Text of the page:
Regarding metadata, non-Bitcoin blockchains allow arbitrary data to be attached to NFTs to represent various digital assets. In the case of ordinals, metadata is held within the witness data of a Bitcoin transaction. This data, referred to as inscriptions, is "inscribed" within a specific part of the transaction and is typically associated with a particular satoshi.
Ordinals are the tool that allows users to create, see, and keep track of the extra information connected to each sat on the Bitcoin blockchain. The special thing about ordinals is that they don't create new tokens, but instead work with the existing satoshis. This means that the inscribed sats can be sent and spent just like any other sat, so it can be said that sats somehow maintain their fungibility while having non-fungibility.
How to Create Bitcoin Ordinals?
At the beginning, only those who are in possession of a Bitcoin full node and a special wallet that can manipulate satoshis could create an inscription. Now, there are tools available to automate this process, such as Gamma or the Ordinals Bot, making it easier for non-technical users and reducing associated risks.
To create an inscription, users need to send a transaction involving an individual satoshi to a Taproot-compatible wallet and attach the desired metadata as part of the transaction. The users need to ensure the desired satoshi is not used as a network fee.
It's worth noting that the tools and ecosystem around Bitcoin Ordinals are still in their infancy. The very first ordinals were only inscribed a few months ago. As more non-tech users show interest and demand increases, the ecosystem and tools will likely evolve to become more user-friendly.
How to Transfer and Trade Bitcoin Ordinals?
As Bitcoin Ordinals are relatively new, the tools for transferring and trading inscriptions are not mature yet, like those used for creating Bitcoin Ordinals. However, there are a few steps you can take to own an inscription for yourself if you are interested.
First, research and explore projects that create digital artifacts, such as Ordinal Punks, Ord Rocks, and Taproot Wizards. Since Bitcoin Ordinals are new, they may not be available for trading on public platforms. That’s why you need to join the Discord servers of the projects you’re keen on. These projects organize trading on their servers, allowing buyers and sellers to easily trade. They have systems in place for sellers to set their prices and for buyers to place bids. Look into their collections, join their Discords, do your research, and check the prices. DYOR.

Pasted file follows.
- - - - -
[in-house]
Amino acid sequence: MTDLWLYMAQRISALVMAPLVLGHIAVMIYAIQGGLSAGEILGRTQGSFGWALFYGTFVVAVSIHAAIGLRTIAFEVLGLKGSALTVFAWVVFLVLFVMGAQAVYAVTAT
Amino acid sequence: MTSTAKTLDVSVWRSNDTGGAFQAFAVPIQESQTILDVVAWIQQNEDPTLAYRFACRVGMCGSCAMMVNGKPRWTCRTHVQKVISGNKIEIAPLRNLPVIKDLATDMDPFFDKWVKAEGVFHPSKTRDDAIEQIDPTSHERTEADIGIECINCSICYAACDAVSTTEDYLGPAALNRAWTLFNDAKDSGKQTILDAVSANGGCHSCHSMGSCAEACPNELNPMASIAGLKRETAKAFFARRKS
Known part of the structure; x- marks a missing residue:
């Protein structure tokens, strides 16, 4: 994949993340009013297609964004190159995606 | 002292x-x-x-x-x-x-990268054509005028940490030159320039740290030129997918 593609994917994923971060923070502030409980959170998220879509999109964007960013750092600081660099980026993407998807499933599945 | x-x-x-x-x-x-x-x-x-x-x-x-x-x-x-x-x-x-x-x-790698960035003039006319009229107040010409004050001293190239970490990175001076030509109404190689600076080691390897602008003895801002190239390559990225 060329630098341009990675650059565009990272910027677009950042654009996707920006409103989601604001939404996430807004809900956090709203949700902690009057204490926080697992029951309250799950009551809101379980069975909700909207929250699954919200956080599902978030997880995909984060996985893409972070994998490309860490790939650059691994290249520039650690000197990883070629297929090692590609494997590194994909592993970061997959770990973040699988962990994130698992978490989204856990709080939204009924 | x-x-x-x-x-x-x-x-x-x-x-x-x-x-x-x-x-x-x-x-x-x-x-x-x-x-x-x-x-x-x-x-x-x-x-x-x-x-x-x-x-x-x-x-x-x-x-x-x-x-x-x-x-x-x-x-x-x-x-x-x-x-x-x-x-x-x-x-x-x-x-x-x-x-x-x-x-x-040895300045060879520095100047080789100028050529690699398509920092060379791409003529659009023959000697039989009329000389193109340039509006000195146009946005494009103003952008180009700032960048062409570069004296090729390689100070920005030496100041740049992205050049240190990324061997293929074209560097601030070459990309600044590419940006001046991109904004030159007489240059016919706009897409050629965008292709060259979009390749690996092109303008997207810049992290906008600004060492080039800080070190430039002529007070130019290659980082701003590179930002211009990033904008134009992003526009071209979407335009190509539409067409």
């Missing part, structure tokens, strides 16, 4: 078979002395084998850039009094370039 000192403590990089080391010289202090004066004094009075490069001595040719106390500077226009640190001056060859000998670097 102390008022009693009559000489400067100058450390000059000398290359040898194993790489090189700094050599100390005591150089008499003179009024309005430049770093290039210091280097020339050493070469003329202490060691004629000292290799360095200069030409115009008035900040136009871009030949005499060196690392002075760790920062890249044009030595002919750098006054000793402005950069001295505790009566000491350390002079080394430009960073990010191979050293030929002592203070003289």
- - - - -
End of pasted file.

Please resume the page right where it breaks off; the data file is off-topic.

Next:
Some inscriptions are also available on OpenSea through Emblem Vault. To avoid scams, make sure that the BTC address in the vault matches the Bitcoin address recorded on the Ordinals website.
Once you find an inscription you want to buy, you can purchase it on the project's Discord server or through an auction. Only complete the transaction after you have done your due diligence.
What Are the Advantages of Bitcoin Ordinals?
Before ordinals, there have been other projects such as RGB and Taro that attempt to integrate other digital assets into the Bitcoin blockchain. These projects are basically second-layers to the Bitcoin blockchain. They may offer more features than Ordinals, but are more complicated to use. Inscriptions rely on the relatively simple and conservative Bitcoin blockchain, while other NFTs work on the complex network and virtual machine. This simple nature of inscriptions makes them more secure and less prone to user vulnerabilities.
However, it’s worth noting that satoshi inscriptions use a data model similar to the web, allowing them to support any content type that web browsers can handle without requiring changes to the underlying protocol. This provides flexibility for evolving content types.
Moreover, RGB, Taro, and even Ethereum NFTs often store content off-chain, which can be on platforms like IPFS or Arweave that may not guarantee long-term availability. Meanwhile, the contents of inscriptions are always stored on the Bitcoin blockchain itself, making it more durable and less likely to be lost.
Also, inscriptions are always immutable, meaning they cannot be modified or deleted by anyone after they are created. In contrast, common NFTs are mutable, which means that their content can be changed or removed by the owner of the NFT contract.
Furthermore, ordinals and inscriptions need BTC for minting, transferring, and storage, making them inherently scarcer and potentially more valuable. NFTs from other chains can be minted in unlimited quantities with a single transaction, making them less scarce.
Last but not least, ordinals and inscriptions do not claim to support on-chain royalties, as it can be challenging to enforce. Ethereum NFTs have faced confusion and challenges with on-chain royalties, causing negativity within the ecosystem.
Disclaimer: The opinions expressed in this article are for informational purposes only. This article does not constitute an endorsement of any of the products and services discussed or investment, financial, or trading advice. Qualified professionals should be consulted prior to making financial decisions.